Florida Marlins -- It seemed like something of a joke a week-and-a-half ago when Florida owner Jeffrey Loria blew up at his team over their spring training play. At the time, the Marlins were 5-13 and losers of nine straight. Since then, they've gone 7-1-1, including Saturday's 6-5 victory over the Cardinals with a walk-off single from Wes Helms (above). Sure, the wins don't count, but even in the spring, it's better to win than to lose -- and also to keep the boss happy.

Alex Rodriguez, Yankees -- Rodriguez hit his sixth homer of the spring on Saturday and fifth int he last eight games. A-Rod has had a sweltering spring, hitting .422/.469/.978. 

Justin Verlander, Tigers -- It doesn't count, but the Tigers' ace just wrapped up a pretty damn impressive spring. In six starts he went 3-0 with a 0.96 ERA. He struck out 23, walked three in 28 innings, while giving up 21 hits and three runs. He finished it on Saturday, allowing five hits and a run in seven innings against the Phillies.

3 DOWN

Ryan Franklin, Cardinals -- It's the position Franklin is paid to succeed in -- the Cardinals go into the ninth inning with a 5-3 lead and three outs to go for the win. Greg Dobbs led off the bottom of the ninth for the Marlins before Franklin recorded two outs. Jeff Domiguez doubled to make it 5-4, then Jorge Padilla followed with another double to tie the game and then Helms singled in Padilla to give Florida a 6-5 victory.

Braves defense -- Atlanta had five errors in Saturday's 8-2 loss to the Mets. Right fielder Wilkin Ramirez had two errors, while Brooks Conrad, Jonny Venters and Joe Mather each had one. The Braves have 32 errors in 31 games this spring. The Braves had 126 errors last season, one fewer than the Nationals and Pirates in the bottom spot for that stat in the National League.

Aroldis Chapman, Reds -- The Reds fireballer didn't record an out in his outing against the World Champions. After back-to-back singles, a wild pitch allowed the first run to score, then he hit Mark DeRosa. After that Charlie Culberson singled and Andres Torres doubled. In all, Chapman gave up four hits and five runs, with converted infielder Jerry Gil allowing his inherited runners to score, while giving up a run of his own.

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Posted on: October 3, 2010 12:58 pm
Edited on: October 3, 2010 1:01 pm
 

Braves' Conrad moved to 2nd for finale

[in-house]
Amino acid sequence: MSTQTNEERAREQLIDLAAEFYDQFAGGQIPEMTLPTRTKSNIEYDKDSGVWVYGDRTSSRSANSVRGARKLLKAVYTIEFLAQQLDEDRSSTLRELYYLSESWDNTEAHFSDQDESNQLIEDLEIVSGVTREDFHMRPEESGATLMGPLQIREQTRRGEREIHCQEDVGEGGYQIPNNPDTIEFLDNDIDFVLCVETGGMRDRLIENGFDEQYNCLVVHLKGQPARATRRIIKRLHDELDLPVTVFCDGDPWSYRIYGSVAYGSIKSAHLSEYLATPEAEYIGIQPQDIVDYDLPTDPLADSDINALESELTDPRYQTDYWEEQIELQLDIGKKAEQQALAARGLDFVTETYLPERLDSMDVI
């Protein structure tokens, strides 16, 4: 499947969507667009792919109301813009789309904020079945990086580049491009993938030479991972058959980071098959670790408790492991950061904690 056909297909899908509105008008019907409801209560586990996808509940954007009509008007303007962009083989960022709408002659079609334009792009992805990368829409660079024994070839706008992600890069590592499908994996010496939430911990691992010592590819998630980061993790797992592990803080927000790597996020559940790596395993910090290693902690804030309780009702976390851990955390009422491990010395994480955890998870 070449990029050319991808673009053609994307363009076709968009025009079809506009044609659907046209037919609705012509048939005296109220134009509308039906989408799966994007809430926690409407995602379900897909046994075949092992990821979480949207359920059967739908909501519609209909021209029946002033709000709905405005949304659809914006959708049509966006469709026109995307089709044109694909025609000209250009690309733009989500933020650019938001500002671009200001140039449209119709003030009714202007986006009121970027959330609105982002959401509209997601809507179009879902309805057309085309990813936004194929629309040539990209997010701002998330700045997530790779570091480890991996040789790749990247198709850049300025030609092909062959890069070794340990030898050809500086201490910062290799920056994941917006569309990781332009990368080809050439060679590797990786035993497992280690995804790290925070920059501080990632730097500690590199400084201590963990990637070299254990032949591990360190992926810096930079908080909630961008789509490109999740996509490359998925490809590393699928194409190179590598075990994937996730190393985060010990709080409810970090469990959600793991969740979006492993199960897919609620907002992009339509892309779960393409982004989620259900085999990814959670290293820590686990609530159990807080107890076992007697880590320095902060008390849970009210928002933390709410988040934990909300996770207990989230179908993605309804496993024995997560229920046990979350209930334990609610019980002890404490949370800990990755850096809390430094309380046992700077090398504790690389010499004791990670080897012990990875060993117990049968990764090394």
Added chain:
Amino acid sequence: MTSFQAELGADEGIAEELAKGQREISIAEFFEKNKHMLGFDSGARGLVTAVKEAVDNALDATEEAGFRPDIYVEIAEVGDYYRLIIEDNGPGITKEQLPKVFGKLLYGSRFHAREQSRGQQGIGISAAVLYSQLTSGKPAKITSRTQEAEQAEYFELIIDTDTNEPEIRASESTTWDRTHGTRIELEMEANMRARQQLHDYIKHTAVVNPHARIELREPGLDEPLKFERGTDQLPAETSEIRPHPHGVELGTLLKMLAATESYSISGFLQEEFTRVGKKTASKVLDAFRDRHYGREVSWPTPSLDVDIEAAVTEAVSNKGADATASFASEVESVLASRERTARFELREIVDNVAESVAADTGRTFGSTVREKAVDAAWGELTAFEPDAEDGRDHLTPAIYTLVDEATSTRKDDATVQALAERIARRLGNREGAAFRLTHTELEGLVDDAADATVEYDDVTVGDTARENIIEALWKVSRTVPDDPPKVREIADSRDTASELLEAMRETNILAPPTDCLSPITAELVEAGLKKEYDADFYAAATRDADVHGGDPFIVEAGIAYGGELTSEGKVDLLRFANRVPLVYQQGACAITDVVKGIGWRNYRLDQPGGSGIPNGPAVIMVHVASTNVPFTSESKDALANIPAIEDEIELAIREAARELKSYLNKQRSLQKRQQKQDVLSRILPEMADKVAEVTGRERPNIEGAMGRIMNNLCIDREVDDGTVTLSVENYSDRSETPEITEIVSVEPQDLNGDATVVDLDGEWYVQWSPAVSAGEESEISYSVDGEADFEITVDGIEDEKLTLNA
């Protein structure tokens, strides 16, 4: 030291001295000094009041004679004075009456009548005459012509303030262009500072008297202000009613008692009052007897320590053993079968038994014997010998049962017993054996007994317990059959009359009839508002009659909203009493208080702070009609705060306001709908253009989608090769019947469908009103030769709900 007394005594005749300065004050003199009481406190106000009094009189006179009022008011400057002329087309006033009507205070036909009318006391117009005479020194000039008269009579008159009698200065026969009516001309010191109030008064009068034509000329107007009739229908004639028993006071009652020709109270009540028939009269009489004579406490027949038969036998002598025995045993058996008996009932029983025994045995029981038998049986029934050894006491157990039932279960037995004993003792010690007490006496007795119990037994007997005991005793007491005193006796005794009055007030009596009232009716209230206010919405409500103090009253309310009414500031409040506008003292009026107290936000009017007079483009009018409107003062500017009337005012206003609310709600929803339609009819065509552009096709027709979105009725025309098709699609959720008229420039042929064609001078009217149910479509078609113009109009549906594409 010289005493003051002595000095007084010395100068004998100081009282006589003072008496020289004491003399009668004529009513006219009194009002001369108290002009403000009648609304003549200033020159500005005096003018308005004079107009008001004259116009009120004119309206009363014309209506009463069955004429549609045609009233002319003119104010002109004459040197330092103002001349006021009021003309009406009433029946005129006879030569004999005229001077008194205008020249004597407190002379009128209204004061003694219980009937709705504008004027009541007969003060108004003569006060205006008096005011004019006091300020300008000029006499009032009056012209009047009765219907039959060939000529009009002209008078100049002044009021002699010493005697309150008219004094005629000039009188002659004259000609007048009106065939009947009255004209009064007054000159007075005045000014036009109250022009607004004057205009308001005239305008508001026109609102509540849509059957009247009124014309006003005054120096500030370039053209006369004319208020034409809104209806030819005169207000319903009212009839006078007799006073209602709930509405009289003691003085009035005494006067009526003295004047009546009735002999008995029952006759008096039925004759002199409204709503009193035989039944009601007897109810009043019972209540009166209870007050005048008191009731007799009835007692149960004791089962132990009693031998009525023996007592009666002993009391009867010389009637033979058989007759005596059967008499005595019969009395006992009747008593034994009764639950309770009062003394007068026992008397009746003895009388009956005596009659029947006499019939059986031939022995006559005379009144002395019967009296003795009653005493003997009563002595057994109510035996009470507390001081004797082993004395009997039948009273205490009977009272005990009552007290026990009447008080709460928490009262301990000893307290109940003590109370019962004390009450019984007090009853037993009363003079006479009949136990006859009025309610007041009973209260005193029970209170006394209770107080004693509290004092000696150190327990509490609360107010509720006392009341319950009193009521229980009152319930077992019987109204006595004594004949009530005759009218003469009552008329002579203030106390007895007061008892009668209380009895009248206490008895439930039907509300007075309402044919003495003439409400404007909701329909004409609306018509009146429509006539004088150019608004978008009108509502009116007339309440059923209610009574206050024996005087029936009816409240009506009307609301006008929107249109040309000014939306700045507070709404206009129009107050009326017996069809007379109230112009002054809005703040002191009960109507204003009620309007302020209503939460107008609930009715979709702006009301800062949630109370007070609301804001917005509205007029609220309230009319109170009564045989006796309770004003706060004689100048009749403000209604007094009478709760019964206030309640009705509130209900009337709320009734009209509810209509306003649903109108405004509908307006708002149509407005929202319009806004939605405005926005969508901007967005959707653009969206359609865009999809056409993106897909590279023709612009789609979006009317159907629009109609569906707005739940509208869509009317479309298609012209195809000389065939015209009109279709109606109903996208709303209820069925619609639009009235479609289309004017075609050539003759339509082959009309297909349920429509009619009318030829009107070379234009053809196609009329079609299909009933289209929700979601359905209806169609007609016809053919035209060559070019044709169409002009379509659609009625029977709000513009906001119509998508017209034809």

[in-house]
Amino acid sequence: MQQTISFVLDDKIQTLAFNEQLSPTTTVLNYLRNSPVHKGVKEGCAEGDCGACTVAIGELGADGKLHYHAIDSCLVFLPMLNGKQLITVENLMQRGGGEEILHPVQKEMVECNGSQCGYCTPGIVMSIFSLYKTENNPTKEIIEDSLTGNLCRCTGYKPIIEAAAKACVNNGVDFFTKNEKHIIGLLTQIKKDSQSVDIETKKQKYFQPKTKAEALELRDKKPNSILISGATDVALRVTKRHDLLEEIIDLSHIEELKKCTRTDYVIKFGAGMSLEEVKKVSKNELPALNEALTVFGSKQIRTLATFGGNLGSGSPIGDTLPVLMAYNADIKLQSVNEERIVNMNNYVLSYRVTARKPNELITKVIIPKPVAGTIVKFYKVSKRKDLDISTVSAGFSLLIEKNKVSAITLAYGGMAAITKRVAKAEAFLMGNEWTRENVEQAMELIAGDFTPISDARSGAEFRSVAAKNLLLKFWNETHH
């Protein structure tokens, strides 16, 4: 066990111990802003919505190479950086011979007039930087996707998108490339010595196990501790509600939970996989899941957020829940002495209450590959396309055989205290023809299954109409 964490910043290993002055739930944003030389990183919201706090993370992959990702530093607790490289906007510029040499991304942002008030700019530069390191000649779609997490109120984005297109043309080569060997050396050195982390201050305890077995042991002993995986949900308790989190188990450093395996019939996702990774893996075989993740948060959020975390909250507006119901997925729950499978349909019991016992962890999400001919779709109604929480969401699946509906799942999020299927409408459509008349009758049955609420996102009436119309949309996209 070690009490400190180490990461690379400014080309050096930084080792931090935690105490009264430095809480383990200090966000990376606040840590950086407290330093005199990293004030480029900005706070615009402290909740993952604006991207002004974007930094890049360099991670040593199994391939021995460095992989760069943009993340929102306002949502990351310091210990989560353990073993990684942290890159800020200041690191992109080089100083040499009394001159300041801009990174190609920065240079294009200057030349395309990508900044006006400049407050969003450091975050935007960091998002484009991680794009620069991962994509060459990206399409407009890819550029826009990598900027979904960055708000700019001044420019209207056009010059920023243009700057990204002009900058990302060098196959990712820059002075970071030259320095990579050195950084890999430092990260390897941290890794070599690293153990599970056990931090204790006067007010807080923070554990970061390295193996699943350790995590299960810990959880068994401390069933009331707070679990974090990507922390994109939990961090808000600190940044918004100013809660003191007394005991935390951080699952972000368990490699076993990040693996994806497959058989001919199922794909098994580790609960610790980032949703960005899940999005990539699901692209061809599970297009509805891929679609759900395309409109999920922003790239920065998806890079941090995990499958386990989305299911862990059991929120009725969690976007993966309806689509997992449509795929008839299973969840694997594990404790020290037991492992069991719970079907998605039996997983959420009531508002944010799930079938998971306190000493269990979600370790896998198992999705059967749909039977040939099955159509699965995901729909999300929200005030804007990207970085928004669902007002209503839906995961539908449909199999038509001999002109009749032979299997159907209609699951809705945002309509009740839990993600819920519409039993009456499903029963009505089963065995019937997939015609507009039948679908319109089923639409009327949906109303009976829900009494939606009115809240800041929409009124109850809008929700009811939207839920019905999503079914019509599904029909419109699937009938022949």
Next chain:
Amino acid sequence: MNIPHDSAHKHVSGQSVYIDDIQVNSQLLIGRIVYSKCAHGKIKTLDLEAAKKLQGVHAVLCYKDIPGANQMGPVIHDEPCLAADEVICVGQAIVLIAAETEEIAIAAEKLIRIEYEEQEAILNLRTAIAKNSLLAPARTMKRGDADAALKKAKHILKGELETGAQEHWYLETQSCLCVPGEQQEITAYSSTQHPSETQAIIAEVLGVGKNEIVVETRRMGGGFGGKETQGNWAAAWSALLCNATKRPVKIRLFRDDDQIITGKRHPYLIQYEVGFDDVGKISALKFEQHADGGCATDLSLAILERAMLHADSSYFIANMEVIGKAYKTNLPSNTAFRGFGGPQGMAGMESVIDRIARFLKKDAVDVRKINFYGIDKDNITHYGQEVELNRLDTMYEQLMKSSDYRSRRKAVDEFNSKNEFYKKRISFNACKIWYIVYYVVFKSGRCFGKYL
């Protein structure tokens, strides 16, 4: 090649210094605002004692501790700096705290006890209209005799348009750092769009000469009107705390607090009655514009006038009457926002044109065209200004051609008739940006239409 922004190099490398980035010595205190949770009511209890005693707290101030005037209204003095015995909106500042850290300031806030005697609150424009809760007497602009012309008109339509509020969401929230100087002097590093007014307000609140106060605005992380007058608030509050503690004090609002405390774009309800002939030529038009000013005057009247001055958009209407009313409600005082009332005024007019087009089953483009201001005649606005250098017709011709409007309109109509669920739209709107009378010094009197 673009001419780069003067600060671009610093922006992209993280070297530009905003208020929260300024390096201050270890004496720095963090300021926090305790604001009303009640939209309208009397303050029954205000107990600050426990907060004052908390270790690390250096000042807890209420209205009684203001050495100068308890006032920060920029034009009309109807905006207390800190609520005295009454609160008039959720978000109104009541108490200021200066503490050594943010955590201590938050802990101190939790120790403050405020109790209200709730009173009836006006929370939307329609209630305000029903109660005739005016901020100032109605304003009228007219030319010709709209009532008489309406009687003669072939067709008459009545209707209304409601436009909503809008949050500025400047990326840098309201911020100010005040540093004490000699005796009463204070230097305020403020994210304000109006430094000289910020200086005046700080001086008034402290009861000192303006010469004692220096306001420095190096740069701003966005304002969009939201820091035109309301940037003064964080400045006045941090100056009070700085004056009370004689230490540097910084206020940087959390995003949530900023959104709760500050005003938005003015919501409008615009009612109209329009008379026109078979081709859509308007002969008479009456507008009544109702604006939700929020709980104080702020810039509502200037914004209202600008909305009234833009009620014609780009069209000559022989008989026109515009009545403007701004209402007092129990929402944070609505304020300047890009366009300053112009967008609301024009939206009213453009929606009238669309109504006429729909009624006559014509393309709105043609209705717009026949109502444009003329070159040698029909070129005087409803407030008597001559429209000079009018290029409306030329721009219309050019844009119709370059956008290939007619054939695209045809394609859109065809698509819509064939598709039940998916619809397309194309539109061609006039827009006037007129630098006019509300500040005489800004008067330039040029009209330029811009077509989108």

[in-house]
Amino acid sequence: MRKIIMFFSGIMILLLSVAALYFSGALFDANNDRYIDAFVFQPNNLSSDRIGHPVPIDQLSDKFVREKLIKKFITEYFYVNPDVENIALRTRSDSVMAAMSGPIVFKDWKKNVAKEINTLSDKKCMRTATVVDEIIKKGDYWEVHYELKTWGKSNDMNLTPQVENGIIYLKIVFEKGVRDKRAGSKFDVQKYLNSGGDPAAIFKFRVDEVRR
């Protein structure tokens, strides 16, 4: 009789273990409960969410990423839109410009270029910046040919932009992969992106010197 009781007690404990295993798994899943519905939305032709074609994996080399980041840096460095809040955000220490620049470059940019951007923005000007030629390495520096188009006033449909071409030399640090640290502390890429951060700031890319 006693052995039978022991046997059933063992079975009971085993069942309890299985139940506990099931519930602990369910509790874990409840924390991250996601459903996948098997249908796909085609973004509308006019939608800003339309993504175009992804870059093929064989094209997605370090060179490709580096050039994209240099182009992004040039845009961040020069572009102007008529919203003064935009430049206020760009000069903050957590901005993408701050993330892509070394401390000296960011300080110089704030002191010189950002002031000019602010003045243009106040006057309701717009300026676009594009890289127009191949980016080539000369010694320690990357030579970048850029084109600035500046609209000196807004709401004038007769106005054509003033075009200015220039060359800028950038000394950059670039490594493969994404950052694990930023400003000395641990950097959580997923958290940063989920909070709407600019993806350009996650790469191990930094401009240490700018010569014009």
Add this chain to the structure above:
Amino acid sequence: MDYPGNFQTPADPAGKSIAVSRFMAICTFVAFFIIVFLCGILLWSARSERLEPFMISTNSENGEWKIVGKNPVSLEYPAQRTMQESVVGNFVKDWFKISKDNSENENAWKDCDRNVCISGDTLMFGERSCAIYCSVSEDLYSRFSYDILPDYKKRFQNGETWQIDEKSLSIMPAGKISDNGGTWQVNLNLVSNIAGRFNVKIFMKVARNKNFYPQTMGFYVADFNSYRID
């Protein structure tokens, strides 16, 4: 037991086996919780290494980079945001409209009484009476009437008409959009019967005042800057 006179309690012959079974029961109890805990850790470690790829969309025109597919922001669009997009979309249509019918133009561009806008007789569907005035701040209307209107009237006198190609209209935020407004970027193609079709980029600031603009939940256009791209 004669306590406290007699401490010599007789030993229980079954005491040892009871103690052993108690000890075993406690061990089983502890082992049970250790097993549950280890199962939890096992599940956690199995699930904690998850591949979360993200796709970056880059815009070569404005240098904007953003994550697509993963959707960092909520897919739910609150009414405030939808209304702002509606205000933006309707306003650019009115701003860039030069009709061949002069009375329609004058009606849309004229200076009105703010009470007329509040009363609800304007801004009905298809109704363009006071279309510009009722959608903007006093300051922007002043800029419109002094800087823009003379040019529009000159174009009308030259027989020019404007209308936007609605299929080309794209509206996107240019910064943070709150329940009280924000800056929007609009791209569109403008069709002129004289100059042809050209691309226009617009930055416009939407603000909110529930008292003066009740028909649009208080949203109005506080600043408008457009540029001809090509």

Brooks Conrad If Brooks Conrad makes a costly error for the Braves today, it'll be at his "natural" position -- second base.

Conrad had costly errors in each of the first two games of the Braves' season-ending series against Philadelphia, and with the team's postseason hopes on the line, Conrad will be playing second base and Omar Infante will be at third.

"I don't think he's slept in two days, probably," Braves manager Bobby Cox said before Sunday's game (via the Atlanta Journal-Constitution .)

Conrad said after Friday's game that he felt like he let the team and Cox down after his throwing error. He had another Saturday in the Phillies' four-run seventh.

According to the AJC's Carroll Rogers, Conrad's eyes were puffy on Sunday due to lack of sleep.

"I really hadn't gotten any sleep, up thinking about it and worrying about it," Conrad said. "It's just part of the game. It's crazy."

-- C. Trent Rosecrans

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Category: MLB
Posted on: July 31, 2010 1:48 am
 

Braves holding breath on Prado

Martin Prado
The Braves say X-rays on All-Star second baseman Martin Prado's right pinky finger were inconclusive Friday night, and he'll undergo further tests Saturday.

Prado injured the hand sliding headfirst into home, scoring the final run in the Braves' 6-4, 10-inning victory. It appeared that Reds catcher Ramon Hernandez stepped on Prado's hand.

Losing Prado for any length of time would be a blow to the Braves, who have a 3 1/2-game lead on the Phillies in the National League East. He's batting .316/.357/.487 with a NL-leading 137 hits, and has 13 homers and 42 RBI.